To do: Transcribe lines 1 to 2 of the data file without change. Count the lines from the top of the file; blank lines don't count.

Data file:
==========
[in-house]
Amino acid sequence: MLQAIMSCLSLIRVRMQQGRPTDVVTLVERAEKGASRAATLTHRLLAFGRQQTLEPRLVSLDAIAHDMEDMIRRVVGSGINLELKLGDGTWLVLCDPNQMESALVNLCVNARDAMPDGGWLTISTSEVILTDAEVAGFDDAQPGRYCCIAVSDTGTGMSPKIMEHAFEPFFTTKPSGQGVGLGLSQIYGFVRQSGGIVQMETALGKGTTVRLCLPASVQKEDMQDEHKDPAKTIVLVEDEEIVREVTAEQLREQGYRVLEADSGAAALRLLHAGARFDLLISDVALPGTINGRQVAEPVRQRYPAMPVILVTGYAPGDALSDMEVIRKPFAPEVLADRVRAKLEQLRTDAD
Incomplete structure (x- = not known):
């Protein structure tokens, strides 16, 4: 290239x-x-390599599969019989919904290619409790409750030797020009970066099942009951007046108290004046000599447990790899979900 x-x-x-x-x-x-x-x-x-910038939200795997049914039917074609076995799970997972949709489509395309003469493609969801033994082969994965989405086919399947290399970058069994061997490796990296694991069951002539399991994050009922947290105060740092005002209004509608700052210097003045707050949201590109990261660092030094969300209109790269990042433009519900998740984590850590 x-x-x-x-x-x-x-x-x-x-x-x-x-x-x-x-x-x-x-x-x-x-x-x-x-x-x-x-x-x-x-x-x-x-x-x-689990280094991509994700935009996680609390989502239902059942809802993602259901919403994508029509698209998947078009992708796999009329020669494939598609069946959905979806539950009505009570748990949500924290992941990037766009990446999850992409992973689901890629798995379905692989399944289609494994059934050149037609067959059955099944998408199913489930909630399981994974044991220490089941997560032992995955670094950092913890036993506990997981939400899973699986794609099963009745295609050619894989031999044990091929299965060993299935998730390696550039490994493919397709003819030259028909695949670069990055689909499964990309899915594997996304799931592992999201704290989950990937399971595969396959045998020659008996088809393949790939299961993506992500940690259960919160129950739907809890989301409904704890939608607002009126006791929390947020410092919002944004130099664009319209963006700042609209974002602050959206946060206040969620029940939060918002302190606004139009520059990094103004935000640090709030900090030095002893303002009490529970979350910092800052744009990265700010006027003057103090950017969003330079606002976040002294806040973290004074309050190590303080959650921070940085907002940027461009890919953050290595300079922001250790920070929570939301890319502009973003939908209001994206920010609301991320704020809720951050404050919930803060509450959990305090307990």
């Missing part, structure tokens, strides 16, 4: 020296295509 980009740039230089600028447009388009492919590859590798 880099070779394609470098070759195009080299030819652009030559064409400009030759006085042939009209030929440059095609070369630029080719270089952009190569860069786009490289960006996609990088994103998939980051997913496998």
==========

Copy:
[in-house]
Amino acid sequence: MLQAIMSCLSLIRVRMQQGRPTDVVTLVERAEKGASRAATLTHRLLAFGRQQTLEPRLVSLDAIAHDMEDMIRRVVGSGINLELKLGDGTWLVLCDPNQMESALVNLCVNARDAMPDGGWLTISTSEVILTDAEVAGFDDAQPGRYCCIAVSDTGTGMSPKIMEHAFEPFFTTKPSGQGVGLGLSQIYGFVRQSGGIVQMETALGKGTTVRLCLPASVQKEDMQDEHKDPAKTIVLVEDEEIVREVTAEQLREQGYRVLEADSGAAALRLLHAGARFDLLISDVALPGTINGRQVAEPVRQRYPAMPVILVTGYAPGDALSDMEVIRKPFAPEVLADRVRAKLEQLRTDAD